Tech Today w/ Ken May

Archive for February 5th, 2017

The Netscape Plugins API is “an ancient plugins infrastructure inherited from the old Netscape browser on which Mozilla built Firefox, ” according to Bleeping Computer. But now an anonymous reader writes: Starting March 7, when Mozilla is scheduled to release Firefox 52, all plugins built on the old NPAPI technology will stop working in Firefox, except for Flash, which Mozilla plans to support for a few more versions. This means technologies such as Java, Silverlight, and various audio and video codecs won’t work on Firefox. These plugins once helped the web move forward, but as time advanced, the Internet’s standards groups developed standalone Web APIs and alternative technologies to support most of these features without the need of special plugins. The old NPAPI plugins will continue to work in the Firefox ESR (Extended Support Release) 52, but will eventually be deprecated in ESR 53. A series of hacks are available that will allow Firefox users to continue using old NPAPI plugins past Firefox 52, by switching the update channel from Firefox Stable to Firefox ESR. Read more of this story at Slashdot.

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Enlarge The developers at Denuvo have been in the news thanks to cracks  against their notoriously tough digital rights management (DRM) tools , which are normally used to lock down video games from leaking online. On Sunday, the company faced a different kind of crack—not against a high-profile video game, however, but of its depository of private web-form messages. A significant number of these appear to come from game makers, with many requesting information about applying Denuvo’s DRM to upcoming games. The first proof of this leak appears to come from imageboard site 4chan, where an anonymous user posted a link to a log file hosted at the denuvo.com domain. This 11MB file (still online as of press time) apparently contains messages submitted via Denuvo’s public contact form dating back to April 25, 2014. In fact, much of Denuvo’s web database content appears to be entirely unsecured, with root directories for “fileadmin” and “logs” sitting in the open right now. Combing the log file brings up countless spam messages, along with complaints, confused “why won’t this game work” queries from apparent pirates, and even threats (an example: “for what you did to arkham knight I will find you and I will kill you and all of your loved ones, this I promise you CEO of this SHIT drm”). But since Denuvo’s contact page does not contain a link to a private e-mail address—only a contact form and a phone number to the company’s Austrian headquarters—the form appears to also have been used by many game developers and publishers. Read 3 remaining paragraphs | Comments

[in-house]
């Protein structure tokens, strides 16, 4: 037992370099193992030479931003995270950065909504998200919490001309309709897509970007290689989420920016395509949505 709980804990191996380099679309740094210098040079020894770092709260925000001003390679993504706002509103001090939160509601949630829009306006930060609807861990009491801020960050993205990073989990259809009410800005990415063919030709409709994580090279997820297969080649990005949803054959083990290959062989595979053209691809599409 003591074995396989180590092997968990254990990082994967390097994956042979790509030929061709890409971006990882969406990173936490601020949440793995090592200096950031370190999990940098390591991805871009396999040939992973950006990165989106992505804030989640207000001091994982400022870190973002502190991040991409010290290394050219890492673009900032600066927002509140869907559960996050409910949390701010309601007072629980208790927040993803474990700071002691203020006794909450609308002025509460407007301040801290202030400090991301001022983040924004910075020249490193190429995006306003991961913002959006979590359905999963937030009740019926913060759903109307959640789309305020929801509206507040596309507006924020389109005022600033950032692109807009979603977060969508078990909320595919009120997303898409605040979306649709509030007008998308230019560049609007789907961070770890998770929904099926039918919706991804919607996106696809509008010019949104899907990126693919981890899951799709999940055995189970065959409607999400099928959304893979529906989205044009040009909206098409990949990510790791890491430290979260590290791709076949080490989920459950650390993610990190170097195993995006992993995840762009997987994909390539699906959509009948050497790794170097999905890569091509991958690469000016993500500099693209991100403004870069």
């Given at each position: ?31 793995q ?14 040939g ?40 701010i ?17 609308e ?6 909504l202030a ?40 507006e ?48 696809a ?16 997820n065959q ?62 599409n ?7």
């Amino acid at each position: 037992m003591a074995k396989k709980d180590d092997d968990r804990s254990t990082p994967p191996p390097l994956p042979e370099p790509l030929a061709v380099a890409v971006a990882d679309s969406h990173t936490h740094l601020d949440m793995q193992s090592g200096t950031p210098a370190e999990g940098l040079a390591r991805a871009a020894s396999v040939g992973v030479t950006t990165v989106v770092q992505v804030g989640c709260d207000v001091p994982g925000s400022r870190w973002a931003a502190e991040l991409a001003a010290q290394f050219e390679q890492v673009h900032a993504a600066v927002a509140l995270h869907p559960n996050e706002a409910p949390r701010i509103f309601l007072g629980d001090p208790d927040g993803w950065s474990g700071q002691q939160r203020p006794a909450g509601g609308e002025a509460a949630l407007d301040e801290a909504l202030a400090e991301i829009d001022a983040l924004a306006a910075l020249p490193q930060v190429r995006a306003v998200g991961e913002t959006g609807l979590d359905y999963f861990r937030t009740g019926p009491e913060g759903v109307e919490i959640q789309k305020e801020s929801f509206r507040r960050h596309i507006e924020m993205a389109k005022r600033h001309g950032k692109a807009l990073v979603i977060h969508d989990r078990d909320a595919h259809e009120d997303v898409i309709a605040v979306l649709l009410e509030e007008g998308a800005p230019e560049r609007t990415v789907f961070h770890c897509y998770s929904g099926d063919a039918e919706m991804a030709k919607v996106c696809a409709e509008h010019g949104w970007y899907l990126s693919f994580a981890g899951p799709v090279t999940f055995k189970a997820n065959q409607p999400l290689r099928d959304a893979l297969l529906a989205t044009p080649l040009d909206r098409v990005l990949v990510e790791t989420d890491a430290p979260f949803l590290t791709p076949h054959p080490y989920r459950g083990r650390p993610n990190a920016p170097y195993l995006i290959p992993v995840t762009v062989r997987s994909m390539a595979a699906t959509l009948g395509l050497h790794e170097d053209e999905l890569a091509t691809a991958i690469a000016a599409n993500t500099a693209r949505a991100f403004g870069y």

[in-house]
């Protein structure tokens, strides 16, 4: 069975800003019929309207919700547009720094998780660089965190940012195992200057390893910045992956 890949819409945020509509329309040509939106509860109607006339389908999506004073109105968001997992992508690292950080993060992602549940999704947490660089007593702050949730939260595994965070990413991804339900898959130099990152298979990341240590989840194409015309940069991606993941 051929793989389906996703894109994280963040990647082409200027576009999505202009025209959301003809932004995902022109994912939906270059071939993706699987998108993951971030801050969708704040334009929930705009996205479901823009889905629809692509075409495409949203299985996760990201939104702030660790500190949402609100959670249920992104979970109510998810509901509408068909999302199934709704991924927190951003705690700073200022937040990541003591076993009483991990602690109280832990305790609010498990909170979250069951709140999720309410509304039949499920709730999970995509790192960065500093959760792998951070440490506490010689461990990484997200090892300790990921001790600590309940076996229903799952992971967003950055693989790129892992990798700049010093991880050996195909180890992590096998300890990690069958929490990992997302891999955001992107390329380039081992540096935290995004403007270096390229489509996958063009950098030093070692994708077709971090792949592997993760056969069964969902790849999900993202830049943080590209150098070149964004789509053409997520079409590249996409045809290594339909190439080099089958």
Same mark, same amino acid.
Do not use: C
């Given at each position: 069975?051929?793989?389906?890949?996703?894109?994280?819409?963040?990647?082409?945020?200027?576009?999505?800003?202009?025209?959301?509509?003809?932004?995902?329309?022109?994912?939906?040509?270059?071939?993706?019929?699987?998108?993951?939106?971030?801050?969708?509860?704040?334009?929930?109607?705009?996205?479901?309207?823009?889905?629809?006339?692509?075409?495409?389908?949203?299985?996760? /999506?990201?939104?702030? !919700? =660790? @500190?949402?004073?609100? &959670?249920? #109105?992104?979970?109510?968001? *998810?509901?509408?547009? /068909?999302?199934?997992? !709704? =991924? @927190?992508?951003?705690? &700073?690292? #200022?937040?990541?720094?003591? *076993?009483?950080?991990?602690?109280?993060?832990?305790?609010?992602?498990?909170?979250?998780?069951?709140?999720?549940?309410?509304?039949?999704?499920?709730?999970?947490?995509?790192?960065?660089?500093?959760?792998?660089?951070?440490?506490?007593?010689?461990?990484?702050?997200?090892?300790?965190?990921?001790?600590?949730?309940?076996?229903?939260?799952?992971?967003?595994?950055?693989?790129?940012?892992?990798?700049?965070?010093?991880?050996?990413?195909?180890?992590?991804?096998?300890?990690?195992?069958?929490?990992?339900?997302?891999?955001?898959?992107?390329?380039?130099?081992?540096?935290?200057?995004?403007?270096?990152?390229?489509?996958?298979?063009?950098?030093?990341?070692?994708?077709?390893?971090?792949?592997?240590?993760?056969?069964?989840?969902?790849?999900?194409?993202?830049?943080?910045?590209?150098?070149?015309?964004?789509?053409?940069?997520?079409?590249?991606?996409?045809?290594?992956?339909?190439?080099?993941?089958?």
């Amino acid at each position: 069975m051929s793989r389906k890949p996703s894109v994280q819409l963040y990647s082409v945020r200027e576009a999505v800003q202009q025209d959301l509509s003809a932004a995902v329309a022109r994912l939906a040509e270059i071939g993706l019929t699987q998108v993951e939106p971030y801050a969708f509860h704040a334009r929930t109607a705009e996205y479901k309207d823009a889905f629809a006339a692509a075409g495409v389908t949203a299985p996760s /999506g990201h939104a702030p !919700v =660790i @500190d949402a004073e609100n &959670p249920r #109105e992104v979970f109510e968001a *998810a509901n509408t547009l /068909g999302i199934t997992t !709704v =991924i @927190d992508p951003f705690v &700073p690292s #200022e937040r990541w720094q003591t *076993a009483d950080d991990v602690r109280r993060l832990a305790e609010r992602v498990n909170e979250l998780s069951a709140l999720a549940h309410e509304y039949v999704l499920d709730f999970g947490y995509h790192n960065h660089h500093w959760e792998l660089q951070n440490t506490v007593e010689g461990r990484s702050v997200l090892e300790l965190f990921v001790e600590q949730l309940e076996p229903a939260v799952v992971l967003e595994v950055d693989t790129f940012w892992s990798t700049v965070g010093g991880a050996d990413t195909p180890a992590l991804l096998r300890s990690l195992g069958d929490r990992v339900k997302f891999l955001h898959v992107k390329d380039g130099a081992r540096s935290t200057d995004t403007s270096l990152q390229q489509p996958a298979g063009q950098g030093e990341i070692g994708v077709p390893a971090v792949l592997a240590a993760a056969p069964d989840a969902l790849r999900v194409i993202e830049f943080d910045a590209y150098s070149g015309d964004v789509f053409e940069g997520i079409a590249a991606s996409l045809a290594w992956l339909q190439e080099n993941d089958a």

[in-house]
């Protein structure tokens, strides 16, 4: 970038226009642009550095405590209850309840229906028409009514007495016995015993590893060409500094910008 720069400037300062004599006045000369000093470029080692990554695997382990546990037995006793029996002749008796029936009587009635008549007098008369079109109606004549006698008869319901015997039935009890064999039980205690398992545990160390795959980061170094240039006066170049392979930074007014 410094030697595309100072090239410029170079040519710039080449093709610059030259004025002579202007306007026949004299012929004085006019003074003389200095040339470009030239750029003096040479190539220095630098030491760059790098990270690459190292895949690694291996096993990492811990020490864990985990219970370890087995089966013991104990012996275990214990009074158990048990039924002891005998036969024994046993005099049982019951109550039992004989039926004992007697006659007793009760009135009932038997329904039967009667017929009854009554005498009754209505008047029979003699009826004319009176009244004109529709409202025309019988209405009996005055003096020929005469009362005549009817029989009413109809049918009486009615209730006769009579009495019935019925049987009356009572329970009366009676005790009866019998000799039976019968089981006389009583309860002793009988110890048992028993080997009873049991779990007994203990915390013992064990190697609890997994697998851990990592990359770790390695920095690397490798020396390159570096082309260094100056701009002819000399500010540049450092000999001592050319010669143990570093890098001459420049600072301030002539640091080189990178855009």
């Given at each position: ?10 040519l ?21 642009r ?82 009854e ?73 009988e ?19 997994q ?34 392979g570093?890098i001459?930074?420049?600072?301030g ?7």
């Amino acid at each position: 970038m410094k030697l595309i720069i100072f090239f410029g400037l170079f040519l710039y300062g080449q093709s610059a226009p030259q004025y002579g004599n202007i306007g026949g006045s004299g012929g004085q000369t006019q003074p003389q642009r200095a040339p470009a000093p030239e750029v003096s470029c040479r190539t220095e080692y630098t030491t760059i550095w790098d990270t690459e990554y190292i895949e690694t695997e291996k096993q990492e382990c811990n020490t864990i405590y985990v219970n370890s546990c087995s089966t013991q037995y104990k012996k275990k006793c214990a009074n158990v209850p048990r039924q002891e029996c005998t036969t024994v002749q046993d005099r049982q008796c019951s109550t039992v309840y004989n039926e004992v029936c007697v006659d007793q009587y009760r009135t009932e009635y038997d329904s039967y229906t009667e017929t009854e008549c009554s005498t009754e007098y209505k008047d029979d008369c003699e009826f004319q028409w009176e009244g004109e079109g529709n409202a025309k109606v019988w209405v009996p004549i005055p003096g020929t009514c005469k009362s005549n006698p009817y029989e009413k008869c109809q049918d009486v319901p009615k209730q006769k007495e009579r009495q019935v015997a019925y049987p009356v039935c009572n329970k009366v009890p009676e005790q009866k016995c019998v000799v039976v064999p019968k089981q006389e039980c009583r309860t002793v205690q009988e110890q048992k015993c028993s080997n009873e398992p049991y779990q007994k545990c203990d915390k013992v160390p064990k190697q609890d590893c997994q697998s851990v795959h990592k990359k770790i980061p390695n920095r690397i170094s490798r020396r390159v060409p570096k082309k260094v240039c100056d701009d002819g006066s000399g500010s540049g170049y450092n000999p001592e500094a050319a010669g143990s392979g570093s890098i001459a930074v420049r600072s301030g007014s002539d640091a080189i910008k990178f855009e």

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The state of residential solar power

Posted by kenmay on February - 5 - 2017

Don’t panic, but we will need to generate approximately 15TW of usable energy from renewable (carbon-neutral) sources by 2050 in order to stabilize the atmospheric CO 2 concentration. And purely in terms of available energy, solar power has the greatest potential for meeting this requirement. Solar is “probably the only long-term supply-side energy solution that is both large enough and acceptable enough to sustain the planet’s long term requirements,”  according to Richard Perez, senior research associate at the Atmospheric Sciences Research Center at SUNY-Albany. Perez’ analysis includes geothermal, wind, all other significant renewable sources, nuclear fission, and all forms of fossil fuels. So while wind, hydropower, and geothermal extraction may work well on a local or regional scale in certain areas, today the potential of solar exceeds any other renewable energy source by several orders of magnitude . It’s simply the only contender, besides nuclear power, for a global solution to supply civilization with the massive amount of energy it demands. Read 68 remaining paragraphs | Comments

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A Hacker Just Pwned Over 150,000 Printers Exposed Online

Posted by kenmay on February - 5 - 2017

Last year an attacker forced thousands of unsecured printers to spew racist and anti-semitic messages. But this year’s attack is even bigger. An anonymous reader writes: A grey-hat hacker going by the name of Stackoverflowin has pwned over 150, 000 printers that have been left accessible online. For the past 24 hours, Stackoverflowin has been running an automated script that searches for open printer ports and sends a rogue print job to the target’s device. The script targets IPP (Internet Printing Protocol) ports, LPD (Line Printer Daemon) ports, and port 9100 left open to external connections. From high-end multi-functional printers at corporate headquarters to lowly receipt printers in small town restaurants, all have been affected. The list includes brands such as Afico, Brother, Canon, Epson, HP, Lexmark, Konica Minolta, Oki, and Samsung. The printed out message included recommendations for printer owners to secure their device. The hacker said that people who reached out were very nice and thanked him. The printers apparently spew out an ASCII drawing of a robot, along with the words “stackoverflowin the hacker god has returned. your printer is part of a flaming botnet… For the love of God, please close this port.” The messages sometimes also include a link to a Twitter feed named LMAOstack. Read more of this story at Slashdot.